Last Updated: June 29, 2020
Are you still itching from wanderlust even after trying our DIY Japanese Dorayaki With Red Bean Paste recipe? Then you are in for a treat! Moving on from Doraemon’s favourite snack, we have a popular Korean street food that is well-loved by both tourist and locals, hotteok!
Eaten especially during the months of autumn and winter, this Korean sweet pancake is usually filled with a generous serving of mixed nuts soaked in warm sugar syrup. It is then served piping hot in paper cups on pushcarts scattered along the streets.
Especially since we are blessed with sweater weather these couple of weeks, there’s no better time to treat ourselves to a warm piece of hotteok whilst enjoying the cool breeze. So, let’s get started with our Homemade Hotteok recipe!
Preparation time: 15 minutes; Resting time: 1 hour; Cooking time: 15 minutes
Feeds 5 (approx. 10 pieces)
Step 1: Measure your ingredients and set them aside.
Step 2: In a mixing bowl, mix both flours, sugar, yeast, and salt till well combined.
Step 3: Add oil and pour warm water in slowly. Ensure the batter is mixed well.
Step 4: Cling wrap or place a towel over the mixing bowl. Allow the dough to rise for at least an hour at room temperature.
Step 5: While the dough is resting, mix all the ingredients required for the filling together in a bowl and set aside.
Step 6: After 1 hour, the dough should rise and be at least double in size. Knead the dough well, removing the air bubbles trapped within.
Step 7: Oil your hand with vegetable oil until they are slippery. Flatten the dough (approximately the size of a golf ball) on your palms and add the filling mixture in the centre of the dough. Seal the opening tightly.
Step 8: In a heated pan, add oil and place the hotteok onto the pan with its sealed side facing downwards.
Step 9: Let it cook for around 1 minute. When the bottom turns slightly brown in colour, flip the hotteok and use a potato masher or spatula to press it down. The pancake should be thin and flat, forming a circular disc shape.
Step 10: Fry the hotteok for 3 – 4 more minutes, flipping sides to ensure with surface turns golden brown. Remove from heat and serve.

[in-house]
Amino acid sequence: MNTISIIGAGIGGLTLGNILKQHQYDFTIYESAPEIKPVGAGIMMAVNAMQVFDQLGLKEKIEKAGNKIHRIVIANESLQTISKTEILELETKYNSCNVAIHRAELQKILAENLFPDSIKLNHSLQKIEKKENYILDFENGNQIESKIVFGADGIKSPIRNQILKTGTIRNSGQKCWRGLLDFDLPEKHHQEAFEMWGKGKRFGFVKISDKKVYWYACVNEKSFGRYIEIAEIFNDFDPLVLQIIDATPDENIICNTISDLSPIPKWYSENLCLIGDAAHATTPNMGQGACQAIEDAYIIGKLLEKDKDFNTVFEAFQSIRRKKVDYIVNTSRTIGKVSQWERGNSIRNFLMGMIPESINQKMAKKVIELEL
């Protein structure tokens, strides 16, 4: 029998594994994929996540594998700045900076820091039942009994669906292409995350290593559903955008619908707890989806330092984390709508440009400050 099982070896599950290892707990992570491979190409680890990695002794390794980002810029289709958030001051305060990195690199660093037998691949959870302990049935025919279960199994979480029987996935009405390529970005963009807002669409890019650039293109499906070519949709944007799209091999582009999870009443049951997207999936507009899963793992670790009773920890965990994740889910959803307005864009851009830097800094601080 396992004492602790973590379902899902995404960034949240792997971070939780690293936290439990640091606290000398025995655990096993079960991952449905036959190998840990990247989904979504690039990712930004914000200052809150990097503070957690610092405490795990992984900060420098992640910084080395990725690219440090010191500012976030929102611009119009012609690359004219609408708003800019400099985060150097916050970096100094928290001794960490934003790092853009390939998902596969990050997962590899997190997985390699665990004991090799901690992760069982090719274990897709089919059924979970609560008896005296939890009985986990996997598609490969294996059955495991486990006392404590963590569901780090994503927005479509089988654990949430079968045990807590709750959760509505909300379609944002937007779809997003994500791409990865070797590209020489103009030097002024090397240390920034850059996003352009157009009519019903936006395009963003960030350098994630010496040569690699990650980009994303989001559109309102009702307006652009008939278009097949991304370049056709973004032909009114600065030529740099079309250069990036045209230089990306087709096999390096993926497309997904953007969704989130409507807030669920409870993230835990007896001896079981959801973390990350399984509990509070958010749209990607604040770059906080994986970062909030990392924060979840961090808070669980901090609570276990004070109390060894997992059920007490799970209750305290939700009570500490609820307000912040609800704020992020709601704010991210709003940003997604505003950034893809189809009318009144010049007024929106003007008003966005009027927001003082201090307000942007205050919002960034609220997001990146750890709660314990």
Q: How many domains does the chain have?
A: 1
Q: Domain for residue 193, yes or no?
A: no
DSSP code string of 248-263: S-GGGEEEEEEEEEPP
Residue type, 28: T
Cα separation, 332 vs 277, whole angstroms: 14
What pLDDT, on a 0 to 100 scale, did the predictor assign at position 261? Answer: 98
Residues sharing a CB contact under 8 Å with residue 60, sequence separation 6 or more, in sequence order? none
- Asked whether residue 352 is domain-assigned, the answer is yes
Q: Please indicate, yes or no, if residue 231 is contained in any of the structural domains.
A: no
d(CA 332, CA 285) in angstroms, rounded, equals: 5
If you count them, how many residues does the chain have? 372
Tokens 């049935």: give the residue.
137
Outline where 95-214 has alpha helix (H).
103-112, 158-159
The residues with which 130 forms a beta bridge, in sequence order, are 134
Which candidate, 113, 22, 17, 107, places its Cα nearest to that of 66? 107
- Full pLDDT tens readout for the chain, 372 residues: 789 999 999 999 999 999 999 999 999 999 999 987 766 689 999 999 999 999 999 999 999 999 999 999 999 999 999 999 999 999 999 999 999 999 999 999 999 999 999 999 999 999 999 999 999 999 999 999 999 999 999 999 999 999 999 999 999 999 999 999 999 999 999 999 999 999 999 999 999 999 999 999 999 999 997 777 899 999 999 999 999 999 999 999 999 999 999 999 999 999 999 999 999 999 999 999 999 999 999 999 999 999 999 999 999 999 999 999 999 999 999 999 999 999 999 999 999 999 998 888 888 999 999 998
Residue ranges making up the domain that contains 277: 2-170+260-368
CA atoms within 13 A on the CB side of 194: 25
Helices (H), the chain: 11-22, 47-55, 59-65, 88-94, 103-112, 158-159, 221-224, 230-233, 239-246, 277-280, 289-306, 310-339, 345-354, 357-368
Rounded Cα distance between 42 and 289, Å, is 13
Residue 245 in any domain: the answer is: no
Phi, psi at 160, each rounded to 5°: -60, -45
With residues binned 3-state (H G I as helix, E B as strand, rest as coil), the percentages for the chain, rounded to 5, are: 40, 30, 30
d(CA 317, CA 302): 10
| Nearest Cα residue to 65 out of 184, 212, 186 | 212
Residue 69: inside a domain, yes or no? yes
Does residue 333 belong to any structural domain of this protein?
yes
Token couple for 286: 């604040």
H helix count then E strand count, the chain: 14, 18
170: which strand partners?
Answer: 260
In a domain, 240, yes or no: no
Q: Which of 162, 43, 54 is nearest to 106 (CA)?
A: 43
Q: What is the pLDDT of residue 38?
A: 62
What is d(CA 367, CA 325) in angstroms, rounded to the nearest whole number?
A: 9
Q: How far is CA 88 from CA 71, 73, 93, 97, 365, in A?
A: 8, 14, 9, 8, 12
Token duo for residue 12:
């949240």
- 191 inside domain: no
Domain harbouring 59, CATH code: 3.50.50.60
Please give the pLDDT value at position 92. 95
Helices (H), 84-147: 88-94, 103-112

There you have it, fresh Homemade Hotteok that can be enjoyed right in the comfort of home! Although I have to agree that hotteok tastes way better eaten at the bustling streets of Seoul, I guess we have to make do with our homemade version for the time being—better than nothing, right?
Since we have to deal with the use of yeast in this recipe, it does get a little tricky. But fret not, as this should be a no-fail recipe if you take note of the following tips I have for you!
1. Ensure that your yeast is alive/ active
Often, dough fails to rise due to “dead” yeast. If your packet of yeast has been sitting on your kitchen counter for quite some time, I would highly recommend you to do a little experiment to check if your yeast is active before using it in your recipe. All you need is yeast, sugar, water, and 10 minutes of your time for the test!
2. Use lukewarm water
When preparing your dough, make sure to use lukewarm water (36.5ºC to 40.5ºC). Warm water reactivates yeast, waking it up from its slumber. Be sure not to use water that is too hot as it might kill your yeast instead of activating them.
3. Allow your dough to rise at room temperature
Considering Singapore’s heat and humidity, the dough should be able to rise easily even if it is just left on your kitchen table. Just remember not to put it into the fridge and there shouldn’t be any problem.
With the above three pointers in mind, re-creating these Homemade Hotteok should be a walk in the park. My favourite way to enjoy hotteok is to eat it immediately when it’s off the pan. The sweet, caramelised syrup coupled with the nuttiness from the grounded peanuts and sesame seeds paired perfectly with its thin and chewy skin. Like me, if you prefer to savour your hotteok warm, just be cautious as the syrup can be really hot!
Similar to the No Yeast Homemade Min Jiang Kueh, hotteok’s skin also makes for an ideal vessel for other fillings. Sweet fillings aside, why not try filling them with cheese or japchae (Korean stir-fried glass noodles)? The variation is endless, so feel free to let your culinary creativity flow!
Expected Damage: S$1 – S$1.50 per serving (10 pieces)